For outbound investments by Central SOEs with non-cash assets, a Chinese-qualified appraisal firm shall be engaged to issue an evaluation report, a practice commonly required for inbound and outbound investments. The report must be filed at or approved by SASAC.

Both the SOE Asset Administration Measures and the SOE Property Rights Measures also address the issue of individuals holding title on behalf of Central SOEs. Since Central SOEs or their subsidiaries are making the investment, they should hold title for overseas assets. But in some situations, according to certain foreign laws, title must be held in an individual's name, in which case Central SOEs must determine whether to approve this type of holding structure. If the SOE approves, it must go through formal procedures authorizing the individual to own the assets in trust or as a nominee.

As with the case of China Aviation Oil Singapore mentioned above, where the company lost US$550 million in 2004, many Central SOEs or their subsidiaries are investing in offshore financial derivatives, including futures, options, forwards, and swaps. Article 14 of the SOE Asset Administration Measures directs Central SOEs to enhance their internal management of such investments and requires them to engage in hedging, rather than risk large losses on speculative investments. Moreover, Central SOEs must apply in advance with SASAC for approval of such investments, which is at present very difficult to get.

Another key element of the new regulations focuses on special purpose vehicles (SPVs).

Both the SOE Asset Administration Measures and the SOE Property Rights Measures say Central SOEs must approve the formation of any new SPV, and a written report of this approval must be submitted to SASAC. If SASAC determines that the SPV is not necessary, such approvals will be revoked by the Central SOE.

Administration of Overseas State-Owned Assets

Overseas subsidiaries of Central SOEs must first obtain approval from the Central SOE for any of the following:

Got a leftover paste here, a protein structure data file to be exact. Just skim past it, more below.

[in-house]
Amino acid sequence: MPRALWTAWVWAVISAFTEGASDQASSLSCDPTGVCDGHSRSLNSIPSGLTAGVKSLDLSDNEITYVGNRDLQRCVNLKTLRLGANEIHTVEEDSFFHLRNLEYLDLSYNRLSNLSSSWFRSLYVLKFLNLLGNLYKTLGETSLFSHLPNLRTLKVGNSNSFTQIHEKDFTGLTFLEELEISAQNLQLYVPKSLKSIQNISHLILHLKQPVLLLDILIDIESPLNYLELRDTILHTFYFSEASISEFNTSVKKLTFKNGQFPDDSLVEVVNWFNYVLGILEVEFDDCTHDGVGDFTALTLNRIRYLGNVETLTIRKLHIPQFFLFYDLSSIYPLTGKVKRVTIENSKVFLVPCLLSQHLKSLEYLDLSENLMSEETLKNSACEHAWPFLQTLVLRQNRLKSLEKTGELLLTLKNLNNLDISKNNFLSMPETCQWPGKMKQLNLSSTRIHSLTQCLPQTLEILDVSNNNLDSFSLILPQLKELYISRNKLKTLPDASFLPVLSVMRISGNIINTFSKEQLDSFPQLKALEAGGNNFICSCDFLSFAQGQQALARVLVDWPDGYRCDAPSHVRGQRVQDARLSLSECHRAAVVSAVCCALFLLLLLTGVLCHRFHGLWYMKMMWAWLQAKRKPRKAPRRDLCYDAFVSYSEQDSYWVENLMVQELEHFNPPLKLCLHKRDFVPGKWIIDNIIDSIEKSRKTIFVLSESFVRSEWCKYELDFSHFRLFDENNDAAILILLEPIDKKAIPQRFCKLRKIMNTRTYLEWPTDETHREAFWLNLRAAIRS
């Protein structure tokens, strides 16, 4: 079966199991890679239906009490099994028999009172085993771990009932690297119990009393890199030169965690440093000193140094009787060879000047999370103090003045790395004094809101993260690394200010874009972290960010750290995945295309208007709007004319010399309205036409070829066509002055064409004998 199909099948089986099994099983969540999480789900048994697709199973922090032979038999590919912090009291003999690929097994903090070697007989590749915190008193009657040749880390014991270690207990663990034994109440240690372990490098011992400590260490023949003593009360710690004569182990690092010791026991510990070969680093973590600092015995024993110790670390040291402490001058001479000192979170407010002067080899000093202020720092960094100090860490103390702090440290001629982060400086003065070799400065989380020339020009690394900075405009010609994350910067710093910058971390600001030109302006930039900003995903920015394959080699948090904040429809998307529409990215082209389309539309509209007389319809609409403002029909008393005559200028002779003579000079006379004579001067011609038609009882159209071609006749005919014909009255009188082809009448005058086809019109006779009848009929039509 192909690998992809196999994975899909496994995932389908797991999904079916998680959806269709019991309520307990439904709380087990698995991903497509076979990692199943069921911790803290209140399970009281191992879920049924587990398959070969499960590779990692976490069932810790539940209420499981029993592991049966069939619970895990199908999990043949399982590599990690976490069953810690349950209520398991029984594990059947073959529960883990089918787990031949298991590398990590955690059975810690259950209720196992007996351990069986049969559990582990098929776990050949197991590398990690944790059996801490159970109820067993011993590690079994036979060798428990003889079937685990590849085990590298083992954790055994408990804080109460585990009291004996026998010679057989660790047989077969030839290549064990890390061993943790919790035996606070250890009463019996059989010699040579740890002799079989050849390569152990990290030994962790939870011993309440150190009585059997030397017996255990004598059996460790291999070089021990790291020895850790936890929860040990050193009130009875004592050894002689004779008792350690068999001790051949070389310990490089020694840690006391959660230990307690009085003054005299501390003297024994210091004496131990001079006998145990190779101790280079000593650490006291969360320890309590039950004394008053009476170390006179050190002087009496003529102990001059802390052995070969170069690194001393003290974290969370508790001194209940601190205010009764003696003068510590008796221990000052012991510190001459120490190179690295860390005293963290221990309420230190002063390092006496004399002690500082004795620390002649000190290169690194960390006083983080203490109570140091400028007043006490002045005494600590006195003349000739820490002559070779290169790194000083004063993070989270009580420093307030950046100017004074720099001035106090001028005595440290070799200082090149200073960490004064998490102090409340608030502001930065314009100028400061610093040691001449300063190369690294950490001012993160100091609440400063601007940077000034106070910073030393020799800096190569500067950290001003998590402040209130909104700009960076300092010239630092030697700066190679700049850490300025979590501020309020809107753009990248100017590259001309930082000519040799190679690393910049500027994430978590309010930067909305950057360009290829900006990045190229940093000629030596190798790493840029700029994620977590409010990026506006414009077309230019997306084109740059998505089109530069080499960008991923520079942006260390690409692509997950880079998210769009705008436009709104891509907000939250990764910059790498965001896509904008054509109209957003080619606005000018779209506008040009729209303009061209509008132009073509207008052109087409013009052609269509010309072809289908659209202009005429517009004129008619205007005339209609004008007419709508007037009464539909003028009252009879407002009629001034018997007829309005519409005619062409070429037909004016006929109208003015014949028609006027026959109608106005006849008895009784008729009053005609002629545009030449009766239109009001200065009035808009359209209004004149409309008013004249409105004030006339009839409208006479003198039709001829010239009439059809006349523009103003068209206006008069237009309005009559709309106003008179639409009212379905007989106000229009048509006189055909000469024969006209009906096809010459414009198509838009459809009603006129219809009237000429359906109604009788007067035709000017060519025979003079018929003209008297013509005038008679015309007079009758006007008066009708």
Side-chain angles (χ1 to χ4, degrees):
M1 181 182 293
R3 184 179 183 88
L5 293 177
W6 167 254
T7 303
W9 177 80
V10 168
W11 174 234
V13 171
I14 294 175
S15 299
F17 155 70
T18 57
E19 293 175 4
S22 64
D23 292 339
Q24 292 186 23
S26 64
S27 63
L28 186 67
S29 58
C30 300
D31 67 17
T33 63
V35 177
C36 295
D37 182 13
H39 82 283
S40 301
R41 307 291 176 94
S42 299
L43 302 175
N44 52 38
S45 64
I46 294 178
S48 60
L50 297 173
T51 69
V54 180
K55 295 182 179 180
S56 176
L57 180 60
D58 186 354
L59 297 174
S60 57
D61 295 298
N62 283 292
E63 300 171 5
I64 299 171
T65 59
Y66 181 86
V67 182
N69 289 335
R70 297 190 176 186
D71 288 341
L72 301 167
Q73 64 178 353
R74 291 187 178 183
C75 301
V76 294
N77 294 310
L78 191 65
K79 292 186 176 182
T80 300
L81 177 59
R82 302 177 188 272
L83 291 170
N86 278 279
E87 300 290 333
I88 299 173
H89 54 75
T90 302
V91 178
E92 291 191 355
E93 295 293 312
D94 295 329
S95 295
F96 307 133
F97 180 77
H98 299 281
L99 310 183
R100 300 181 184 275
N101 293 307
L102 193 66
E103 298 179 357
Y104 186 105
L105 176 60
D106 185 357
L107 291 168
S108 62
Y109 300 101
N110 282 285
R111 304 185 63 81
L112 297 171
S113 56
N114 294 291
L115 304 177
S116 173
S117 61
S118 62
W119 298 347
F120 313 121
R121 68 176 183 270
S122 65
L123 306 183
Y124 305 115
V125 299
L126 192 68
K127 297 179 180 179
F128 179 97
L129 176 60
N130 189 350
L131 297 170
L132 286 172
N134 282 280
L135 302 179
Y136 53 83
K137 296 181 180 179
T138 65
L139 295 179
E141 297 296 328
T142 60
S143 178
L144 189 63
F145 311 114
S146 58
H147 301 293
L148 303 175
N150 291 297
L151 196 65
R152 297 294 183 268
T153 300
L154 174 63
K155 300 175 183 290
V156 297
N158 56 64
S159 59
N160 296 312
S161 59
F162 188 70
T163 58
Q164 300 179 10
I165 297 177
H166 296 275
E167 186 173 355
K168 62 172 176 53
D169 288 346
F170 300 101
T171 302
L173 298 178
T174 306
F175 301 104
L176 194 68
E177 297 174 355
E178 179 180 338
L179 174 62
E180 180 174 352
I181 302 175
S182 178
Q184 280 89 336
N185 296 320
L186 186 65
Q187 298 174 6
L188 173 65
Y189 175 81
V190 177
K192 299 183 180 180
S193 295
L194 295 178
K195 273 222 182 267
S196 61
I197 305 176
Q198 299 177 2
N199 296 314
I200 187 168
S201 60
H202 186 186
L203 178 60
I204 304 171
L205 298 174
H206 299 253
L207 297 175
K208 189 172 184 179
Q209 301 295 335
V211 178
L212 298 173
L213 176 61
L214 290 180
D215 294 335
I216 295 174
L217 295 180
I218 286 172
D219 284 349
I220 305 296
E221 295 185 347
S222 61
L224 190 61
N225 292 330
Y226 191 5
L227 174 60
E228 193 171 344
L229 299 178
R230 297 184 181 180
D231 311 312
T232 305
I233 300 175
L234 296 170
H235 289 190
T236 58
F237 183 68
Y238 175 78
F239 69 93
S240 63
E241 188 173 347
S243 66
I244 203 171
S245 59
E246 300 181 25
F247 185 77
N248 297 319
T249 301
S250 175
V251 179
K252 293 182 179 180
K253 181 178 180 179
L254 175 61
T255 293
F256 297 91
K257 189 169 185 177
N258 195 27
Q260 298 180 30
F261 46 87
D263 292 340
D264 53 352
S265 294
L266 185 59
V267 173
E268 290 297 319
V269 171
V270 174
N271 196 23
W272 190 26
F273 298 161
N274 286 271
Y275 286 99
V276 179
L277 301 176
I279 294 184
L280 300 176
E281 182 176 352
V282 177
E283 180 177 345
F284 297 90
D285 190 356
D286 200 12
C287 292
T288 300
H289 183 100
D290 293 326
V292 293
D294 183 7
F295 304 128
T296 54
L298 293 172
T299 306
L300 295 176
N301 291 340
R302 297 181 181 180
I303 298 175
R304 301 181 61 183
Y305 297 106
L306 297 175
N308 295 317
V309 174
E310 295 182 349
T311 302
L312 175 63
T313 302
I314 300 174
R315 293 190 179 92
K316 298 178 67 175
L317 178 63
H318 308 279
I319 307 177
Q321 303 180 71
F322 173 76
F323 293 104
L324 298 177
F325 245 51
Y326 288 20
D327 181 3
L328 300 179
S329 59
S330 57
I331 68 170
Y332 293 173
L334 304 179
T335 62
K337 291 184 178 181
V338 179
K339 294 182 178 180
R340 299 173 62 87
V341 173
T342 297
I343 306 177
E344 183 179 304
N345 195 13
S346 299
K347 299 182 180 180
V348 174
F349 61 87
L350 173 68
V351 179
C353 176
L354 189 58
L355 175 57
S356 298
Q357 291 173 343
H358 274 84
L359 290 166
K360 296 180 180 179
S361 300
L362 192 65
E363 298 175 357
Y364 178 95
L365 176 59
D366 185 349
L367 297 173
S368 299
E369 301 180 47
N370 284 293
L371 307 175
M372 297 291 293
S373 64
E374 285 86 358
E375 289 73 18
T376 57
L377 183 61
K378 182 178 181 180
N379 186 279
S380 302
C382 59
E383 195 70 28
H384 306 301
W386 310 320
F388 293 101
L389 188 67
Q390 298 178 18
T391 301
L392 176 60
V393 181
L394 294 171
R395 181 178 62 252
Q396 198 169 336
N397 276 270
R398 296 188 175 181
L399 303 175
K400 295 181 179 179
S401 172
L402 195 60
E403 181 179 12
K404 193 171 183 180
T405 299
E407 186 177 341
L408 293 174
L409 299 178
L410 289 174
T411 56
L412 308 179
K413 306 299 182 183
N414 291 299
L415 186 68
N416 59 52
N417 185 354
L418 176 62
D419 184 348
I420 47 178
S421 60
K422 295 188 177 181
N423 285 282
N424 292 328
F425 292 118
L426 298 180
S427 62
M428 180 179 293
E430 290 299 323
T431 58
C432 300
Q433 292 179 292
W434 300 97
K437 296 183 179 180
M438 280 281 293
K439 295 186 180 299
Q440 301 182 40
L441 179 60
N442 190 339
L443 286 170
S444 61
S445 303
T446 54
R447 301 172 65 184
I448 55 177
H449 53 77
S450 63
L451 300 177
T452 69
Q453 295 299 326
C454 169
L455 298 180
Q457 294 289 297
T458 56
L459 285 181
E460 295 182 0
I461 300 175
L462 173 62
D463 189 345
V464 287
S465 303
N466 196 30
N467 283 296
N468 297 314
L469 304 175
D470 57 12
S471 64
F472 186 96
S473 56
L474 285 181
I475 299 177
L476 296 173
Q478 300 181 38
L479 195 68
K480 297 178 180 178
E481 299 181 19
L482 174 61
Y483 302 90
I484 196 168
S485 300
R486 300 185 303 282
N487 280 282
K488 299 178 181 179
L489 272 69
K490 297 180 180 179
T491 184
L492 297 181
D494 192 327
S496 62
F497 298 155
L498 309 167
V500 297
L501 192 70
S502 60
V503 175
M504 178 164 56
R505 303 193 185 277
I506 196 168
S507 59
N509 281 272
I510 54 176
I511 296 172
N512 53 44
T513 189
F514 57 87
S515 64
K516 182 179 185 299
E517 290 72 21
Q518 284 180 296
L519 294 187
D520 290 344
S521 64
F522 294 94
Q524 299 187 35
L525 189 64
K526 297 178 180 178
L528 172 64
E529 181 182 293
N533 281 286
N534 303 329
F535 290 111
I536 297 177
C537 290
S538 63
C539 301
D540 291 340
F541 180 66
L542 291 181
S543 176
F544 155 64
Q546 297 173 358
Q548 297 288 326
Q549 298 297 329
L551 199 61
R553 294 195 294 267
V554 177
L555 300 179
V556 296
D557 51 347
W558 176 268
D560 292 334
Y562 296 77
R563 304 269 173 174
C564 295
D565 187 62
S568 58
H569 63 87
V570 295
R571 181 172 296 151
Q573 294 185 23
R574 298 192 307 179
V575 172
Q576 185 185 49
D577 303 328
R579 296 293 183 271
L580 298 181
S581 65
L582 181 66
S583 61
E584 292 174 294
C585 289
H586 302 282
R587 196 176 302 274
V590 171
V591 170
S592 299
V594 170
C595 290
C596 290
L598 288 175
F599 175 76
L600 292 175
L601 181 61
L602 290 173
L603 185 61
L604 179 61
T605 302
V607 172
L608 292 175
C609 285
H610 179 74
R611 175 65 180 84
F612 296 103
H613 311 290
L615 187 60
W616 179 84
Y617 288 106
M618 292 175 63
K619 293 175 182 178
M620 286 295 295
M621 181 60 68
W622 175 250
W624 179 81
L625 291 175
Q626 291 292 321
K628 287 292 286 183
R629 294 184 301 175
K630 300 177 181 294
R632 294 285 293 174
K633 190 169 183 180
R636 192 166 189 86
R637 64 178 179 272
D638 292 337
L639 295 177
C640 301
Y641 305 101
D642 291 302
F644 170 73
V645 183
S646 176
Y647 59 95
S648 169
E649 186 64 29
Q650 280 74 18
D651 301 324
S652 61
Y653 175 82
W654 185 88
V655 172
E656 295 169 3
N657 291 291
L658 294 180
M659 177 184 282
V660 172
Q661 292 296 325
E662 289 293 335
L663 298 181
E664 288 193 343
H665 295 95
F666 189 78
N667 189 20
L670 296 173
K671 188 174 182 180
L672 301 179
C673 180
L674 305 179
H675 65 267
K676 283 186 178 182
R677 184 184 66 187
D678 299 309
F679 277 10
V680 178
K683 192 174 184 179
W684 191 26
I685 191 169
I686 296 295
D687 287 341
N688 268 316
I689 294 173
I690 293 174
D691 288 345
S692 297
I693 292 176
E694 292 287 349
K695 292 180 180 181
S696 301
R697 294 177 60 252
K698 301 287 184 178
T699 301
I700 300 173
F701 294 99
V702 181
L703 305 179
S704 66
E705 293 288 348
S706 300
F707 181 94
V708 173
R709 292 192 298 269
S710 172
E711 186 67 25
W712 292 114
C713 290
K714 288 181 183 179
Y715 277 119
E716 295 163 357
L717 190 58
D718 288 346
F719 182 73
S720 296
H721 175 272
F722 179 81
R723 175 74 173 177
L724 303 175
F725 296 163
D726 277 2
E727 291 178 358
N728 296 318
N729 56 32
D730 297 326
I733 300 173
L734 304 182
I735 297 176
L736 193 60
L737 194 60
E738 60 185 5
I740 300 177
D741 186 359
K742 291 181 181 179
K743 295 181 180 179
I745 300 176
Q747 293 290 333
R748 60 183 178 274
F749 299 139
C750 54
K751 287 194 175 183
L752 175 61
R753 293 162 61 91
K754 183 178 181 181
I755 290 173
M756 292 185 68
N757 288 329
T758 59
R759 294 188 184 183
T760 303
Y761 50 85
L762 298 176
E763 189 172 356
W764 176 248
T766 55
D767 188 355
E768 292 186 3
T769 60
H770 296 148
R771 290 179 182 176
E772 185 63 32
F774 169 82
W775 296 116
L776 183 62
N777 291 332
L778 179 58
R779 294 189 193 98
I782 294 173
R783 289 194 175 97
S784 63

• Changes in registered capital or other entity changes;
  • Plans for equity or debt financing;
  • Any external investment or provision of security;
  • The disposal of material assets;
  • Changes in bank account status; or
  • Annual budget and profit distribution plans.

The Central SOE, in turn, must file such changes with SASAC.

SASAC, rather than the Central SOE, must grant approval if a major subsidiary of a Central SOE transfers any state-owned assets or a stake in a company that will result in the weakening of the Central SOE's shareholding status (i.e., from wholly owned subsidiary to majority ownership, or from majority to minority ownership).

When an overseas enterprise that is wholly owned or controlled by a Central SOE or its subsidiary transfers or receives property, makes a non-cash investment, or undergoes an entity change, a qualified professional agency must be engaged to evaluate the target or targets. The agency's evaluation report must be filed with the Central SOE.

For the transfer of overseas state-owned assets, multiple potential buyers should be invited to purchase the asset, if possible with a bidding process. Payment should generally be made as a lump sum, though installment payments may be allowed if security is provided. Consideration for the transfer of assets should be based on the aforementioned evaluation report, except in the case of a Central SOE undergoing reorganization while the buyer is within the same group as the seller, in which case consideration may be in reference to audited net asset value.

To obtain better knowledge of the operations of its overseas subsidiaries, Central SOEs should require such subsidiaries to report to the Central SOE on a regular basis. When a serious adverse event occurs (such as the freezing of bank accounts, bankruptcy of a bank where the subsidiary holds accounts, material loss of assets, war, or serious sanctions by local regulators), the overseas enterprise must report it at once to the Central SOE. In the event of an extreme impact, the Central SOE must then report it to SASAC.

Since Central SOEs are the responsible parties for overseas subsidiaries, the SASAC regulations require them to bring the management of budget, capital, and Chinese personnel sent overseas under the umbrella of their united management systems and strengthen their daily control over such subsidiaries.


The SOE Asset Administration Measures and the SOE Property Rights Measures signal SASAC's intention to tighten supervision of overseas state-owned assets, with Central SOEs being held more accountable for overseas investment losses. However, as with other government-issued regulations, some important terms such as "material" and "major" are not defined, and we may expect SASAC to issue relevant implementing rules in the near future to create a sound legal framework for protection of overseas state-owned assets.